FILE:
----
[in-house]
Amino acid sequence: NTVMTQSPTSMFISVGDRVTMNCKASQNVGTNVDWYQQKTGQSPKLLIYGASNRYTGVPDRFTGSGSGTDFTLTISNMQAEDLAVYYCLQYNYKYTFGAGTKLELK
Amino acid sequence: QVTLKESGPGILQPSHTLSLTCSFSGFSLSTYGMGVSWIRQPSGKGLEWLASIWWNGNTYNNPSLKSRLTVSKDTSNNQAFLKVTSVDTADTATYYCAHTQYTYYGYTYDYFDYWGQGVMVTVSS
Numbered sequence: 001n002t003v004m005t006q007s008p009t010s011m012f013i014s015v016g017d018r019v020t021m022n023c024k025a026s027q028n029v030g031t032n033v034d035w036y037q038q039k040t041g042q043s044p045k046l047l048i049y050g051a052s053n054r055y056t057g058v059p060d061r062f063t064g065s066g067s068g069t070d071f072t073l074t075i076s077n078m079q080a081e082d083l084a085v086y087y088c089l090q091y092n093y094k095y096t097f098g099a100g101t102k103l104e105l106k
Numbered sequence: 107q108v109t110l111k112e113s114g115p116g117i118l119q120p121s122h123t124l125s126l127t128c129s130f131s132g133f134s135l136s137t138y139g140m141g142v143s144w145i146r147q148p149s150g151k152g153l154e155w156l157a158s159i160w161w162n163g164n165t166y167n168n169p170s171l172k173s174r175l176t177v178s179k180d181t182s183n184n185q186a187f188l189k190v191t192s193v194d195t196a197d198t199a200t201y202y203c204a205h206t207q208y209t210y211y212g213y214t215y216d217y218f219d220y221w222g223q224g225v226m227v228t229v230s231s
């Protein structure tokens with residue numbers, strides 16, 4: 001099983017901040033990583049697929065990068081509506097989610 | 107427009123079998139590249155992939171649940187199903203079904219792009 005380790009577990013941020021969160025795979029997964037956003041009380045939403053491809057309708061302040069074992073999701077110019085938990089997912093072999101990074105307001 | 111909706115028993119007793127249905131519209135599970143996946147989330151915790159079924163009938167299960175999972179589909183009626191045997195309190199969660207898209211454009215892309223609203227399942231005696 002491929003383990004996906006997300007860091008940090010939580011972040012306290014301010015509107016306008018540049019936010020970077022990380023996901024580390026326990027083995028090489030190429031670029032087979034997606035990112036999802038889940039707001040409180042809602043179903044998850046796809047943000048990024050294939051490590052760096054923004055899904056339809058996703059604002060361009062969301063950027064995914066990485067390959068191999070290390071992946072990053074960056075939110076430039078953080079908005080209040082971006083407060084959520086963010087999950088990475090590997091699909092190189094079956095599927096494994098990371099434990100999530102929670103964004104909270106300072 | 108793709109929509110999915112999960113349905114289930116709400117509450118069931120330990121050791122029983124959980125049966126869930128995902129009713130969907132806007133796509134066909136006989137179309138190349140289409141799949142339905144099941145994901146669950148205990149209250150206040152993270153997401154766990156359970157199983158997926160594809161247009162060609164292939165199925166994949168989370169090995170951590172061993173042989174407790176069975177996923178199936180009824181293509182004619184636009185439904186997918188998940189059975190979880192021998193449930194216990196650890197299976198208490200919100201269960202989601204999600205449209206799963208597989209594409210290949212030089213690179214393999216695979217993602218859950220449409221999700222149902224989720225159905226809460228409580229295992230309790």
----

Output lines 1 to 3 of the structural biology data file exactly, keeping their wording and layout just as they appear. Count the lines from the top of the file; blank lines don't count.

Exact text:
[in-house]
Amino acid sequence: NTVMTQSPTSMFISVGDRVTMNCKASQNVGTNVDWYQQKTGQSPKLLIYGASNRYTGVPDRFTGSGSGTDFTLTISNMQAEDLAVYYCLQYNYKYTFGAGTKLELK
Amino acid sequence: QVTLKESGPGILQPSHTLSLTCSFSGFSLSTYGMGVSWIRQPSGKGLEWLASIWWNGNTYNNPSLKSRLTVSKDTSNNQAFLKVTSVDTADTATYYCAHTQYTYYGYTYDYFDYWGQGVMVTVSS